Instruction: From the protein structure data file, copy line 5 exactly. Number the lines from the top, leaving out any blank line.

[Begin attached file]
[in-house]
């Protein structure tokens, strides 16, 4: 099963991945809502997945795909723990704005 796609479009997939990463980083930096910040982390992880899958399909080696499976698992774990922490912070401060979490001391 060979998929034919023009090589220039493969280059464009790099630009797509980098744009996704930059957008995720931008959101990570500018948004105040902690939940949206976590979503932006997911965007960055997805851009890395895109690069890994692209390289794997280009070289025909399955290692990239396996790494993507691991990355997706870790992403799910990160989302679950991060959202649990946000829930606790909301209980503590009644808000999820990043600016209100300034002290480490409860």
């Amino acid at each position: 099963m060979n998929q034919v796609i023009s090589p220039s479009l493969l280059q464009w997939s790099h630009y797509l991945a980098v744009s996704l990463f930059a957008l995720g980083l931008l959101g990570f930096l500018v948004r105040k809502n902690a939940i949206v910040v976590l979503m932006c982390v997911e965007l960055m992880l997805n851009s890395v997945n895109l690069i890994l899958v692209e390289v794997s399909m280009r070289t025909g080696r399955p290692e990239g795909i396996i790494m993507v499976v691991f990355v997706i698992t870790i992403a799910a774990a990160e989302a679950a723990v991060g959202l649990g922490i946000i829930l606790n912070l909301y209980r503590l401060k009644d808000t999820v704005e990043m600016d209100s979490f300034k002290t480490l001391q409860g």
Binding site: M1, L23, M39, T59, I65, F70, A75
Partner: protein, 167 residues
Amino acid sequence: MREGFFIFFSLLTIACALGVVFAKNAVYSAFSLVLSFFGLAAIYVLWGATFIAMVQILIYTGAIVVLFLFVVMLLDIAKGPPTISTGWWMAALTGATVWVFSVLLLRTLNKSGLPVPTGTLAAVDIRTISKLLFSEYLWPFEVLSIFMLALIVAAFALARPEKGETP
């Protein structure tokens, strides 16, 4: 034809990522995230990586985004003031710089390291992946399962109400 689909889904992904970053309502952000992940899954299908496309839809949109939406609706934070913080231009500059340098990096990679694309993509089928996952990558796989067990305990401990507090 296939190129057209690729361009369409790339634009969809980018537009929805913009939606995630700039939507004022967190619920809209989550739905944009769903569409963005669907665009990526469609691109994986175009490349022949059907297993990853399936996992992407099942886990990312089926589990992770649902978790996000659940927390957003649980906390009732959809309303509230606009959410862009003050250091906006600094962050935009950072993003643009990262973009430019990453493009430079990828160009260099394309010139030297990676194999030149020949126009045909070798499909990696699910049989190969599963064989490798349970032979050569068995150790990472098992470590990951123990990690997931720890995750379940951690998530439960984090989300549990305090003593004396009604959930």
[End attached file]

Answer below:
Partner: protein, 167 residues